Thursday, February 6, 2014

The Mystical Process Of Writing

Writing is mystical, there’s no doubt about it. The writer is the spiritual descendent of the early storytellers, who from before the dawn of history told the stories that defined their tribes. Gathered around a fire late at night, people would listen to the storyteller explain of what it was that lay beyond or within the darkness, interpret the stories of the stars. Wherever there was uncertainty, the storyteller wove a narrative to help people understand what science and direct observation could not.

When the printed language was developed, the writer was able to do what the storyteller could, only he could share his stories beyond time and space. The voices of the writers of Ancient Greece live on today, in all corners of the world. Writers have allowed the dead to be remembered, permitted heroes to live on eternally, far beyond any mortal life.

But it was not only Odysseus and Roland who were granted immortality by the writer. There are countless characters sprung from writers’ minds who are more real and have been more inspirational than most people born of mothers. I cannot imagine a world that was not influenced by the likes of Hamlet, Jean Valjean, Oedipus, George Bailey, even Superman. Where parents and real-life role models were lacking, such heroes were always willing to step in and demonstrate to readers lives that they could aspire to, virtues that made a character worth remembering. Some of my fondest memories are there because an author created them.

There are lands also that seem to be somehow our spiritual homelands, although we have never been there and perhaps can never visit. The ties to such places may not be rational, but they exist nevertheless. Whether it be the sewers of Paris, a Hobbit hole in Bag End, or Trantor, there are places that exist in our memories, places we long to revisit and come home to.

Such are the mystical aspects for the reader, but for the writer the process is even more supernatural. Ask most any writer of fiction, and he or she will tell you that their characters are the ones who determine how a story turns out, that it is they, not the author who determines how they act. The best sort of writing experience is the one that just flows, where little to no intervention is required by our conscious mind. Such an experience is real and is shared by more than just writers. Here’s John Popper describing the same thing happening to him through music:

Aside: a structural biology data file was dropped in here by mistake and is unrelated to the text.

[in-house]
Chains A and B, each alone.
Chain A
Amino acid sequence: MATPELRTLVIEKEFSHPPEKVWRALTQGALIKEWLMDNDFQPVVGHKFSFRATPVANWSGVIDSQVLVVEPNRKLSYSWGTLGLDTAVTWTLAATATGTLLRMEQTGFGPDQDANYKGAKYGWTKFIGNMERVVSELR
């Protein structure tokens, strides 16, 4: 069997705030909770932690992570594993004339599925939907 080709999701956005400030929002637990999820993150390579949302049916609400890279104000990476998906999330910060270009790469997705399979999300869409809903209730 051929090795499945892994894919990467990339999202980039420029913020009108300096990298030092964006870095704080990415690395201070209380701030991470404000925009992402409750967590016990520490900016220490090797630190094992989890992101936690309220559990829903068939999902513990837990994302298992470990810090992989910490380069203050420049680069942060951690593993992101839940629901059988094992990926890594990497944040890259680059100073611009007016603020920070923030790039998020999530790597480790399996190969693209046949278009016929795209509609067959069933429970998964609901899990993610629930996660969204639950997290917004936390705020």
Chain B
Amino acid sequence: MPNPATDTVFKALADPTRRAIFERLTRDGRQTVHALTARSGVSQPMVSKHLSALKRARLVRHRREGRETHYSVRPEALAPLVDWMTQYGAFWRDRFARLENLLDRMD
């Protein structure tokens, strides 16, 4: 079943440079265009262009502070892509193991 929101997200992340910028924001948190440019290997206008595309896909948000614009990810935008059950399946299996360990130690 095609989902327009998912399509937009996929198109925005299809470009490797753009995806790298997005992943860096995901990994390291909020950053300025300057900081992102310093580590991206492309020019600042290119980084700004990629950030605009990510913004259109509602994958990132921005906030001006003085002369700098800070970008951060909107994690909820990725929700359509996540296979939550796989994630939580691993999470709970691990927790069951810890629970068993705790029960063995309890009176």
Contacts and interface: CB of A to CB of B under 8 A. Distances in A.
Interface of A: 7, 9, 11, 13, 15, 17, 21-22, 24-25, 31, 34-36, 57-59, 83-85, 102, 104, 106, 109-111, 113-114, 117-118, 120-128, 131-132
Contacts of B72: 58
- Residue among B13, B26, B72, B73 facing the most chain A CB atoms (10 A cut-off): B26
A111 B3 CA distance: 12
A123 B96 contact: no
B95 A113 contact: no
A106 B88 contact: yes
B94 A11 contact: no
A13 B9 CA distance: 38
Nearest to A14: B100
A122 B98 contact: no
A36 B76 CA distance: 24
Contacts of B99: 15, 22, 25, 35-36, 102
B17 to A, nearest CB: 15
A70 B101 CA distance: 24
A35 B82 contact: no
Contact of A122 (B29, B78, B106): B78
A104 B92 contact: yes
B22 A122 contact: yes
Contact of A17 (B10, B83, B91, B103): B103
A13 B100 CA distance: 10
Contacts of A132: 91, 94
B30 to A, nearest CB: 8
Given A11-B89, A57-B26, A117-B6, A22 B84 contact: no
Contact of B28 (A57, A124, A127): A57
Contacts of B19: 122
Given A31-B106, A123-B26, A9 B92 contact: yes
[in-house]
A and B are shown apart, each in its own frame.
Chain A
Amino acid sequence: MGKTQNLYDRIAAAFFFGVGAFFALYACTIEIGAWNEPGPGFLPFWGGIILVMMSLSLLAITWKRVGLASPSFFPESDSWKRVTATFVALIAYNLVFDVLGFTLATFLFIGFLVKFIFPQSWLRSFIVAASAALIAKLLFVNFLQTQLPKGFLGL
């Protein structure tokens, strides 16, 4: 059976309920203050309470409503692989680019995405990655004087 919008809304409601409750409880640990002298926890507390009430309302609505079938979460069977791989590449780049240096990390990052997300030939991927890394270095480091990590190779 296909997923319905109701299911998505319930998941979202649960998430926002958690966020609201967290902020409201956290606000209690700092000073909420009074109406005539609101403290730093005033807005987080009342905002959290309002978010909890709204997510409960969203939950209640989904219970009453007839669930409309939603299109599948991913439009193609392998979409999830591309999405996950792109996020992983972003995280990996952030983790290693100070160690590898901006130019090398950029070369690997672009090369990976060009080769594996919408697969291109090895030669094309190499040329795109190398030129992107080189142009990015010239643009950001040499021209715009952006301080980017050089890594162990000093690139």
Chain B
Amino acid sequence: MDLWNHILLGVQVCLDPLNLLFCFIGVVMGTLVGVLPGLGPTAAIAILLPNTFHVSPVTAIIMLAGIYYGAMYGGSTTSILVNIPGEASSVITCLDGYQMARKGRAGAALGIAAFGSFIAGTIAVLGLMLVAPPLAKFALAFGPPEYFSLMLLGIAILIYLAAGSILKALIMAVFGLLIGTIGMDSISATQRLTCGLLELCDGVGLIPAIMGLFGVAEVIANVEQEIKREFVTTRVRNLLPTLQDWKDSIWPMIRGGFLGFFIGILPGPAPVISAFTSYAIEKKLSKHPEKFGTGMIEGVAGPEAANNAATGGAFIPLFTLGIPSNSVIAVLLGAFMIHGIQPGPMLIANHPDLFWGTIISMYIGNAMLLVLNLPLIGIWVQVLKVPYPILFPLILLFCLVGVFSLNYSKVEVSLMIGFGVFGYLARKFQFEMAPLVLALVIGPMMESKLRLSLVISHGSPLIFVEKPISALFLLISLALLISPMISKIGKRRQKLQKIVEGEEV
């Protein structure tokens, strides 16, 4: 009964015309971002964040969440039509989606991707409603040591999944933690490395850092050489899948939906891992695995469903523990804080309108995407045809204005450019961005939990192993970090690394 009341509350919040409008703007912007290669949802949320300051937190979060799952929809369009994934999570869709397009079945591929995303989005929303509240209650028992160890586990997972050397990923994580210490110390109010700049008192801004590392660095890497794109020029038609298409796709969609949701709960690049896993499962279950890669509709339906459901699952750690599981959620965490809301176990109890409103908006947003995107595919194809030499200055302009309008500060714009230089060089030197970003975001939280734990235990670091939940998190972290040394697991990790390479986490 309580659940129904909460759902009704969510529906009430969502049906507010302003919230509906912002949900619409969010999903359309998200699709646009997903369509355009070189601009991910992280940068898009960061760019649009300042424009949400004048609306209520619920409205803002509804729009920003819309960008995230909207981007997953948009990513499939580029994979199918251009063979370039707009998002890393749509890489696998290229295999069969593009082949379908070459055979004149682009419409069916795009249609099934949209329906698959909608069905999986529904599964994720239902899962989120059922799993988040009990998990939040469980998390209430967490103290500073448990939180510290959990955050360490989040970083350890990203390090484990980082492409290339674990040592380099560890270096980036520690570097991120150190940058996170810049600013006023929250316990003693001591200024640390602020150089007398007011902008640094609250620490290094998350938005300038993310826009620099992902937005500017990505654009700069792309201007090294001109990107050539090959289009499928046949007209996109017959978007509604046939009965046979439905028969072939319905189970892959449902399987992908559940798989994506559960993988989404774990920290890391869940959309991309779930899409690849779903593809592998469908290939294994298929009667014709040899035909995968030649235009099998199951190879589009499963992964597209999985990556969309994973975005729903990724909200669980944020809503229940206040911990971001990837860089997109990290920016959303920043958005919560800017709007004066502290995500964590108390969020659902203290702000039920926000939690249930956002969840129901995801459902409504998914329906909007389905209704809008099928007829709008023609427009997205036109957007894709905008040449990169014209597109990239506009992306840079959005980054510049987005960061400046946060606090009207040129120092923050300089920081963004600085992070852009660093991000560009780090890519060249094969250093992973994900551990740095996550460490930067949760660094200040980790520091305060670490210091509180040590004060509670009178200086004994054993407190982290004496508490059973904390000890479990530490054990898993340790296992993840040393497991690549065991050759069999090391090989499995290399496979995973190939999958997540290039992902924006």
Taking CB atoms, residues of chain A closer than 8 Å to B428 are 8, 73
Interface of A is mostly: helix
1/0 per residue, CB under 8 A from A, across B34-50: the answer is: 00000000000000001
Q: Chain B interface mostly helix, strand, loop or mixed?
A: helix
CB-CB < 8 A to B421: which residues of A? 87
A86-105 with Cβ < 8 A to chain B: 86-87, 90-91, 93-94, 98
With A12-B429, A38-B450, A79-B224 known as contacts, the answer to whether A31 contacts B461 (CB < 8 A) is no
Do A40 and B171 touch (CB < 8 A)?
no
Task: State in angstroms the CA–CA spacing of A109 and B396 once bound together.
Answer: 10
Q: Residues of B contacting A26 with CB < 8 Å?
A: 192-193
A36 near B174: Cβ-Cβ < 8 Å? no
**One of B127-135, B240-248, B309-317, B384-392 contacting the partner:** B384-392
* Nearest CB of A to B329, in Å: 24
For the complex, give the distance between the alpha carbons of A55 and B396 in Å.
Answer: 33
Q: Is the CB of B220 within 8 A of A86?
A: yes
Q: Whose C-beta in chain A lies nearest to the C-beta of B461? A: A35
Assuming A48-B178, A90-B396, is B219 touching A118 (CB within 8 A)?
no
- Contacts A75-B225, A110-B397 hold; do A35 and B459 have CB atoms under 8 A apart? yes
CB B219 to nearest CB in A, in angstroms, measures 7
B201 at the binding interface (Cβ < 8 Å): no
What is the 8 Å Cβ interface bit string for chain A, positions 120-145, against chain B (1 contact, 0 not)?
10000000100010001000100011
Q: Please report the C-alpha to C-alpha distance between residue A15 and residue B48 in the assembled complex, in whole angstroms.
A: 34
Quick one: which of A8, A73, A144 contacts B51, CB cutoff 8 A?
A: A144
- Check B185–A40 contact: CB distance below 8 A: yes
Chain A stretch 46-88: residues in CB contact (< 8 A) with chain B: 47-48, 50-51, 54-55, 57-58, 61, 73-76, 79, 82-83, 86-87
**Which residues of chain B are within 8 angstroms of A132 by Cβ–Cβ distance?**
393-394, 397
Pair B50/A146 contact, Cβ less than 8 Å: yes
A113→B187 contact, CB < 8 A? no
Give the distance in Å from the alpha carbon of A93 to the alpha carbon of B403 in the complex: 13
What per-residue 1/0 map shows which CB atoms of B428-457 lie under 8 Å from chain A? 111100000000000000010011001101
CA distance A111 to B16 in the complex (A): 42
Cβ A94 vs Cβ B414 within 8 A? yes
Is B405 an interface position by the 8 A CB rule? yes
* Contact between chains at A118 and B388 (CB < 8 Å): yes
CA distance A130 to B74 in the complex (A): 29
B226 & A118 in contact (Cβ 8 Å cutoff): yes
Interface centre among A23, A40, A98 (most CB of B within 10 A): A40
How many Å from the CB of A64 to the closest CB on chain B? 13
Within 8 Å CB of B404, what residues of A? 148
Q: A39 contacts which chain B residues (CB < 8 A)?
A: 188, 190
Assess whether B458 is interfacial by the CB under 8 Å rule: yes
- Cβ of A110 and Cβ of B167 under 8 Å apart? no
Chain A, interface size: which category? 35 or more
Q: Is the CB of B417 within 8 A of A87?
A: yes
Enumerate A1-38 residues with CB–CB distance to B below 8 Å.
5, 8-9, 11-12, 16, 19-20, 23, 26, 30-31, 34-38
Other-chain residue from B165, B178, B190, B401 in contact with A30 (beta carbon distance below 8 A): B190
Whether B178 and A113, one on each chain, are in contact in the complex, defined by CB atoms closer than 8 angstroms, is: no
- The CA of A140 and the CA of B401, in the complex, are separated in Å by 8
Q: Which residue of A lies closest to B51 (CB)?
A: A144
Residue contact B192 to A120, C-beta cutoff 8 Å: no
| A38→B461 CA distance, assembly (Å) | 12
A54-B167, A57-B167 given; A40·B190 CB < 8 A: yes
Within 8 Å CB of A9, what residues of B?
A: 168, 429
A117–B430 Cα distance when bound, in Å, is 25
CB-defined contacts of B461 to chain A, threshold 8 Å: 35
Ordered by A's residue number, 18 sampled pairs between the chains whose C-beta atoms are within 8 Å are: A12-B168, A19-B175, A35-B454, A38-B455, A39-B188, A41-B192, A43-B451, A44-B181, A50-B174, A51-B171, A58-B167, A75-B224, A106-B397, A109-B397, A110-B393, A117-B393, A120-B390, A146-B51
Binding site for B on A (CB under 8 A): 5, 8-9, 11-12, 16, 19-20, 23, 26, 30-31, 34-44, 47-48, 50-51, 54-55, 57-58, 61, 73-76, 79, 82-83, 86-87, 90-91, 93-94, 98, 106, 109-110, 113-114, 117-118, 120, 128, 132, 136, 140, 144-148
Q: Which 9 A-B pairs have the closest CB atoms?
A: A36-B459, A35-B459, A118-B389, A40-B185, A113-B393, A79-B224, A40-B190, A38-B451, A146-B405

Sometimes it’s brilliance all around me

Sometimes it’s light I barely see

And though I utilize its grandeur

It does not belong to me

‘Cause all I can do is vague description

As I do my best to share

The smooth perfection I can only dream of

The flow of all the life that’s there.


When everything is flowing, it truly does feel as though some higher force is guiding me. I’d feel embarrassed to say such a thing if it weren’t for the fact that many have said it before. The idea of a Muse, or goddess of inspiration, is well known. Homer, Virgil, Dante, Chaucer, Shakespeare, and many others have invoked the Muses to aid them in their storytelling. Some say that inspired storytelling would be impossible without them, and yet when they come to the writer’s aid, it seems that he is not the one writing but merely a recorder of the voice that speaks to him.

There is one more mystical experience I would like to share with you, though here I stand a little bit more exposed, as I do not recall anyone else expressing the idea: I write in order to keep the spirit of all my influences alive. I write, and in my writing, I desire to continue a wave of inspiration that was begun by the first storytellers has reverberated in the great works throughout the ages and continues to echo to this day. I am but a vessel for forces beyond myself, an echo chamber for voices far more important than my own. This probably sounds arrogant, but I’m not coming from such a place. I did not say I was a worthy vessel, merely a vessel for such forces and ideas. It could be I am quite incapable of dealing with such large ideas and be made to look quite ridiculous in my attempt. Nevertheless, I have experienced such feelings and emotions through literature that I feel it is worth my attempt to rephrase them, repackage them for a new generation. Sometimes lesser lights are needed to reflect the brightness of those who otherwise might blind.

Such are the thoughts I sometimes get when writing. It would be easier perhaps to ignore them, but I will chance sharing them in the hopes that I am not too far away from anyone else’s experience. I like to believe that deep down inside we are all of the same essential stuff, share similar thoughts and feelings. Sometimes it just takes a like-minded individual to draw it out of us.

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